Article by Mosibudi Mangena
By Mosibudi Mangena

Commenting on the tendency of many African leaders to sell their people and countries to the highest bidder shortly after the freedom struggle, an African American fellow once remarked that if he had to do that, he would demand billions of dollars from the buyers of his country, not peanuts. He would not settle for trinkets, cars, houses or holidays at some exotic destinations.

The cacophony of noises about the capture of the South African state by the Gupta family brought this remark by the American to mind. And with that a lot of questions:

How much is this family paying to gain so much control of the state? A couple of millions? Do they just give a few shares in this or the other of their companies to some leaders or members of their families? Are they contributing to the coffers of the ruling party? If the benefits are going to just one man and his family, where is the rest of the leadership of the ruling party? Are they sleeping on the job?

Whatever amount they are paying, is that what South Africa is worth? Is the country being sold for peanuts?

The American chap was wrong by even thinking of a selling price for his imaginary country. No country should ever be for sale. In South Africa, the whole rationale for our struggle for liberation was to free ourselves from all forms of oppression and exploitation. Whilst most of us know that we have only freed ourselves from political oppression, and not economic exploitation, the Gupta saga has left some of us wondering if others in our midst are not being tripped by unbridled greed and mindless stupidity.

There have been whispers for a while that the essence of state power has moved from the Union Buildings to the Gupta compound in Saxonwold; that decisions are taken at Saxonwold and that the Union Buildings just implements; that at least some of the ministers are selected at the compound and appointed at the Union Buildings, and that ministers are regularly summoned to the compound to receive instructions.

The grapevine had it that Themba Maseko got the sack because he did not dance too well to the Gupta music. Then a plane carrying guests to a Gupta wedding landed at Waterkloof military airbase that got the whole nation jumping up and down. To rub salt into our national wound, the guests were escorted to Sun City by state security elements with blue lights flickering and sirens wailing.

The minister of minerals was moved sideways and his successor was reported to have travelled abroad to help negotiate a mining deal for the Guptas. Nhlanhla Nene was unceremoniously fired and replaced by Des van Rooyen in a move that saw the rand tumbling and capital fleeing our shores in billions of rands.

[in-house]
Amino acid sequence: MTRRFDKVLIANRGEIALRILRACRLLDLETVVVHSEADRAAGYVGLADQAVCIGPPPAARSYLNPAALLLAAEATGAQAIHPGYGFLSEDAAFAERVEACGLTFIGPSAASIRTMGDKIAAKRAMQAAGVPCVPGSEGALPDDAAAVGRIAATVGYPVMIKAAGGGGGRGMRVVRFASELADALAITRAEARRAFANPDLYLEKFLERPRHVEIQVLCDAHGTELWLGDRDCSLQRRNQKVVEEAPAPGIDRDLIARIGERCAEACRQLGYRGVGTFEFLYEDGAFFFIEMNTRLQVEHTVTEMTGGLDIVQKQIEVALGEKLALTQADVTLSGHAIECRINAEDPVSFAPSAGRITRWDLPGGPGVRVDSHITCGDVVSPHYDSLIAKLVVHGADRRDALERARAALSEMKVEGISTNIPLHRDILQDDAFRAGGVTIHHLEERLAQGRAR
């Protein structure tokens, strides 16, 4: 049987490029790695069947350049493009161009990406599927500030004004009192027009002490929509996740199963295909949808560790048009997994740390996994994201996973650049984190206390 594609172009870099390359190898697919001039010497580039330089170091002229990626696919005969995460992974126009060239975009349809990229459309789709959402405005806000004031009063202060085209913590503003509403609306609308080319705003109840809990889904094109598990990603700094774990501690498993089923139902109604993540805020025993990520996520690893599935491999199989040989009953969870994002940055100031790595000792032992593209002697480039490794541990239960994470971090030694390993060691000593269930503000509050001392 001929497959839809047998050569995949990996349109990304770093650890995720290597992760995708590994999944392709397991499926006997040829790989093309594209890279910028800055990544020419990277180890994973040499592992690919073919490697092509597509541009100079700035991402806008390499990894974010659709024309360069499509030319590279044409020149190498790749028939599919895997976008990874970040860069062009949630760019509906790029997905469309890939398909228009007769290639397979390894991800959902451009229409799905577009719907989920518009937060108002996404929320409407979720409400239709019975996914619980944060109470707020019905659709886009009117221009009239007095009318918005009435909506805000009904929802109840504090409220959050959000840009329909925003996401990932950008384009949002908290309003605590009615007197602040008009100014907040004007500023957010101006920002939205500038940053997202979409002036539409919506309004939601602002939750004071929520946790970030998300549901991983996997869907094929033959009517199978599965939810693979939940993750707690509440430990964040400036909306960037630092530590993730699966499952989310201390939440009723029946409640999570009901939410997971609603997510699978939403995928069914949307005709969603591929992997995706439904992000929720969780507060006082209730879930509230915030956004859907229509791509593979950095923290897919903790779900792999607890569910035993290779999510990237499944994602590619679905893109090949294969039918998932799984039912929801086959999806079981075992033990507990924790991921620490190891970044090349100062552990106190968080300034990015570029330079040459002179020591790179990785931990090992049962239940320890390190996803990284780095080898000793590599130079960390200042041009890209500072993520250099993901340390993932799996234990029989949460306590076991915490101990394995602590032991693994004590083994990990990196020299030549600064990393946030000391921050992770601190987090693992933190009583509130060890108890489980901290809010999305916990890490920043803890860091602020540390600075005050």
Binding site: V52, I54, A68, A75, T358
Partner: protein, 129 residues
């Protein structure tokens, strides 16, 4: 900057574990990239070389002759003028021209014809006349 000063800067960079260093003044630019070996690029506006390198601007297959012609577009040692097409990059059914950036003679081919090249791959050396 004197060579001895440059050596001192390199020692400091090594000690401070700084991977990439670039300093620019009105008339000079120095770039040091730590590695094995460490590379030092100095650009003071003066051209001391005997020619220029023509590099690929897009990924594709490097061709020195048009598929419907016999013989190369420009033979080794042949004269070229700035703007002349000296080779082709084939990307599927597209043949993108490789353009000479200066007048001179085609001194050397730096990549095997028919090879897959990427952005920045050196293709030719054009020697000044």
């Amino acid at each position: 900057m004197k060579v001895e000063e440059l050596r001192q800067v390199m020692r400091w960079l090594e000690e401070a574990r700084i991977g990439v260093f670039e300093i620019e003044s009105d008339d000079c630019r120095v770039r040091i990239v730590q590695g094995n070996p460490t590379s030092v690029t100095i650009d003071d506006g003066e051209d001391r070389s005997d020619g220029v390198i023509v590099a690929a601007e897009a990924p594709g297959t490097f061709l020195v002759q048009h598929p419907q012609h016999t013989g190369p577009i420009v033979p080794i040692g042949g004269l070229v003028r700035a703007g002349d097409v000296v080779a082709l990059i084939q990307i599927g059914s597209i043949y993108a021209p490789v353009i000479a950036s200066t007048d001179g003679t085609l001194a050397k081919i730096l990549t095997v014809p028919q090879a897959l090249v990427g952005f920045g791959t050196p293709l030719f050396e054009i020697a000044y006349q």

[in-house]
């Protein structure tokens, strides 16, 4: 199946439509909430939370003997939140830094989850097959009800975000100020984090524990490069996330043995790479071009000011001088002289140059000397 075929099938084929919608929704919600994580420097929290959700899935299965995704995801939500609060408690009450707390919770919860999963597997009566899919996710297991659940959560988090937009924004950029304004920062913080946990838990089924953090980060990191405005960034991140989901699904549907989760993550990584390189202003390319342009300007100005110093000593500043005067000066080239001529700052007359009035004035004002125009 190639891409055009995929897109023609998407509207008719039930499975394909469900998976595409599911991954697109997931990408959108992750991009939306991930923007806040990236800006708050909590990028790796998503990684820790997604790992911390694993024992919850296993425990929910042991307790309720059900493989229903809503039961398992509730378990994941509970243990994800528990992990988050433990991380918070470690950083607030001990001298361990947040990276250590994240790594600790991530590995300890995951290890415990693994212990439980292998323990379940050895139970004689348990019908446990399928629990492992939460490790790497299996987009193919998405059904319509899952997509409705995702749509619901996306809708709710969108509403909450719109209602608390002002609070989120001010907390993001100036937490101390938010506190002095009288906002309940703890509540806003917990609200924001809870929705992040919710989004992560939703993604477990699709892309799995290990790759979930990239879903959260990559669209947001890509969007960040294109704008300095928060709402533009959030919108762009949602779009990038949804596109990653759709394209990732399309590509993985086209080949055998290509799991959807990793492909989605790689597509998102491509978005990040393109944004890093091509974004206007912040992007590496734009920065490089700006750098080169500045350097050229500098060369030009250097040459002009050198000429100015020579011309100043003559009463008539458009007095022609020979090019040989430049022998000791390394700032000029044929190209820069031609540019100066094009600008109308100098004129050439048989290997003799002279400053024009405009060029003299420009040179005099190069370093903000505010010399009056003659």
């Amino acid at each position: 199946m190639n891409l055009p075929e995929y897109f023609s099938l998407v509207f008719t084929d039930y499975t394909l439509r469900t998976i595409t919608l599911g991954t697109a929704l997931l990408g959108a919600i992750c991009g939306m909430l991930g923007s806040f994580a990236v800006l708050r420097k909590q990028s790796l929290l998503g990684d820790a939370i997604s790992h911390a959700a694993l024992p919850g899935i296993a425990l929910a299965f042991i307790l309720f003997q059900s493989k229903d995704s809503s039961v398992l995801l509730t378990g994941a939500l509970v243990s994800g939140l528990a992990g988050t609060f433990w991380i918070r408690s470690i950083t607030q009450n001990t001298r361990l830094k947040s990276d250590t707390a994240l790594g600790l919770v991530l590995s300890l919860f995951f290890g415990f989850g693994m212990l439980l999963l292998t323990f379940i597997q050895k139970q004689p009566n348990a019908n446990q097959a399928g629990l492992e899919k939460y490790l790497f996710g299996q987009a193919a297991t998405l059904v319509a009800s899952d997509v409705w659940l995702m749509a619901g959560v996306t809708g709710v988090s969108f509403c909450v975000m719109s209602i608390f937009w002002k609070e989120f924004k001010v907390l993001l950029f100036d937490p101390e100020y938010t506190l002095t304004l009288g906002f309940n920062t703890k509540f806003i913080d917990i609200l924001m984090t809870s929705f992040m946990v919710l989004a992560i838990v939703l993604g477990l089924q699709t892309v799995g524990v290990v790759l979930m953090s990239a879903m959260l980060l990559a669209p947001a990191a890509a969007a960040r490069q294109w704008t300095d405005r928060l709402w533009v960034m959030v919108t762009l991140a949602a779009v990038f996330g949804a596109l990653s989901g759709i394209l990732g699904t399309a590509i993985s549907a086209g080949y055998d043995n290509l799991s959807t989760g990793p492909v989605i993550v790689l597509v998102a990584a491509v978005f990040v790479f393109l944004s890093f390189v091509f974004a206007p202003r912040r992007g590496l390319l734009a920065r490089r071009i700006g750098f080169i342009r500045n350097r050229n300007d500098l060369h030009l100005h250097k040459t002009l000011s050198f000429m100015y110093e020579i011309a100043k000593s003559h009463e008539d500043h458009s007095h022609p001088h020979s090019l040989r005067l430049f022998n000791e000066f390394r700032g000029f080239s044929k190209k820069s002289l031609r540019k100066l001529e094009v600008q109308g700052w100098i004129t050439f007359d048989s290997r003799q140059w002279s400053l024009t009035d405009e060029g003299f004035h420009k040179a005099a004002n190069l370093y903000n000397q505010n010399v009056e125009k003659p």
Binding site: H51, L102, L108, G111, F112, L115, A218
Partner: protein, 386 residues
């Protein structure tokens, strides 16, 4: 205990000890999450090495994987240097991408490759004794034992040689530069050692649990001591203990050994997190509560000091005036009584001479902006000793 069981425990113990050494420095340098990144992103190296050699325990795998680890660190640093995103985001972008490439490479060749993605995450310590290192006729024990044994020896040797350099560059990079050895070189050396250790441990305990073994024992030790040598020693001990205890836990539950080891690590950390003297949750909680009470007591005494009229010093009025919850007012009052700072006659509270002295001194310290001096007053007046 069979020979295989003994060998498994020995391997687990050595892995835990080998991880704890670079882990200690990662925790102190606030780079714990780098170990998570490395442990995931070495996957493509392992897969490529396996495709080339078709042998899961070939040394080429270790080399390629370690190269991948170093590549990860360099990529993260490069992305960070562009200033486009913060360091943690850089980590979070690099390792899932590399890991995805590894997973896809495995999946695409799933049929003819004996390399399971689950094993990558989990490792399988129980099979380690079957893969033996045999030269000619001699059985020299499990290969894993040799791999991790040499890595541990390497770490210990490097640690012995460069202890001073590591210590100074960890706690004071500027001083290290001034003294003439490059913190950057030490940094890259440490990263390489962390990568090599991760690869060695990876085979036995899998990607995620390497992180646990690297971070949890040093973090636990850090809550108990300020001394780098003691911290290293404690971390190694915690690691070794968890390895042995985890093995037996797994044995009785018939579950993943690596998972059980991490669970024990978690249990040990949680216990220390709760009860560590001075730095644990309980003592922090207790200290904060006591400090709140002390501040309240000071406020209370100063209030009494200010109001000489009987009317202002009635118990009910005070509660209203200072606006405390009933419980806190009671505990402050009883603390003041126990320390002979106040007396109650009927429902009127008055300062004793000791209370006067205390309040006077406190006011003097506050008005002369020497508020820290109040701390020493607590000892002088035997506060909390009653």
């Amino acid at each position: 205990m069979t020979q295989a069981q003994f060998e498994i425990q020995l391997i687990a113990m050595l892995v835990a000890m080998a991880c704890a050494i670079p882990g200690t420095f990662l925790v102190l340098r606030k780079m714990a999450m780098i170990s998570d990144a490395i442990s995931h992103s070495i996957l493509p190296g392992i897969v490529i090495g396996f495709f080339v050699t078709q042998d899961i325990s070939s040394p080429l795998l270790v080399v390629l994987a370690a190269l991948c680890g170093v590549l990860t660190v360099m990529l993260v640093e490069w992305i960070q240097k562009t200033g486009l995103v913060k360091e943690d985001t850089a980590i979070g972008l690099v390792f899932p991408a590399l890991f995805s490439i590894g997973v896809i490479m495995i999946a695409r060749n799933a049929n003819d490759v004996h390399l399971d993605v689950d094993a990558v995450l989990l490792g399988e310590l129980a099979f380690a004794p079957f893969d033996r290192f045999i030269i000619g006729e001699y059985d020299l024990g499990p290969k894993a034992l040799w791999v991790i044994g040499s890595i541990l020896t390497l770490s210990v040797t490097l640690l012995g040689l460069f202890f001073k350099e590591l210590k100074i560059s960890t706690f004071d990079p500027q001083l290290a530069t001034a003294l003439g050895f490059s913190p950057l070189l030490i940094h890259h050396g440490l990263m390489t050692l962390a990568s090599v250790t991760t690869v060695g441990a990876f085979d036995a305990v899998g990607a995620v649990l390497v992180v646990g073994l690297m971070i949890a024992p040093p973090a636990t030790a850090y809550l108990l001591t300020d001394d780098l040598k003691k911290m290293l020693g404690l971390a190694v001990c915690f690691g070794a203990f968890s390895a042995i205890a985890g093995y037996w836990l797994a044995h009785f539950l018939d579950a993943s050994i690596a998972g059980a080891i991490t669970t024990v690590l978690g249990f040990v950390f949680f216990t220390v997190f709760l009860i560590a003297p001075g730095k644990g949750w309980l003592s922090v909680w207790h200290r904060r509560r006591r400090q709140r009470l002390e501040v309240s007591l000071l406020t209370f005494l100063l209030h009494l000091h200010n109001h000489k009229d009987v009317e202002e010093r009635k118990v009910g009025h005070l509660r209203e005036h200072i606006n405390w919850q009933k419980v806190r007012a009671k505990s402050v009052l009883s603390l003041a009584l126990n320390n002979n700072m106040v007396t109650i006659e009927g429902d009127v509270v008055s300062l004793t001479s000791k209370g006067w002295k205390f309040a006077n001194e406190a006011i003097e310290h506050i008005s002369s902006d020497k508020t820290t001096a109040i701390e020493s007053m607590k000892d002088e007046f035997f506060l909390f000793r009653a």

Des is said to have arrived at National Treasury to take up his job accompanied by advisors thought to be close to the Guptas. The nation bristled and spilled into the streets in major cities to protest about the take over of the Treasury by this family.

Our collective suspicions were confirmed when Mcebisi Jonas, Vytjie Mentor and Themba Maseko revealed their encounters with the Guptas and the outrageous demands they made. They offered some cabinet posts while others were pressured to spend government advertizing budgets in media owned by the family.

The questions are: how many ministers were selected by the Gupta family and how many of them and their officials are quietly doing their bidding? Apart from Nene, how many ministers were moved or fired at the injunction of the family?

Whilst we know that big business has an influence on the state and society in general, the activities of the Guptas are breathtakingly arrogant, crude, in your face and contemptuous. Landing your private passenger plane on a military base of any nation is the ultimate statement of contempt and bullying.

But it also eloquently tells us how pathetic we are as a nation. A private family walks all over our sovereignty by landing their plane at our military airports and appoints ministers and all we can do is write stories in our newspapers and talk a lot on our radio stations. One cannot think of any self-respecting country in the world, capitalist or socialist, where such a scenario would be tolerated. We are embarrassingly weak.

In the face of this, how can government leaders stand there and talk against corruption? How do you tell a traffic cop on the beat not to take bribes when leaders preside over looting on a gigantic scale?

Ultimately though, it is up to us as citizens, to make it clear to all and sundry that the country does not belong to an individual, a family or a political party, but to us and future generations. It is not for sale and there is not even a price for it.

Those in leadership positions who, like the American fellow, are possessed by the stupidity that leads them to believe that they can sell the country and its sovereignty must be strongly rebuked.

Mosibudi Mangena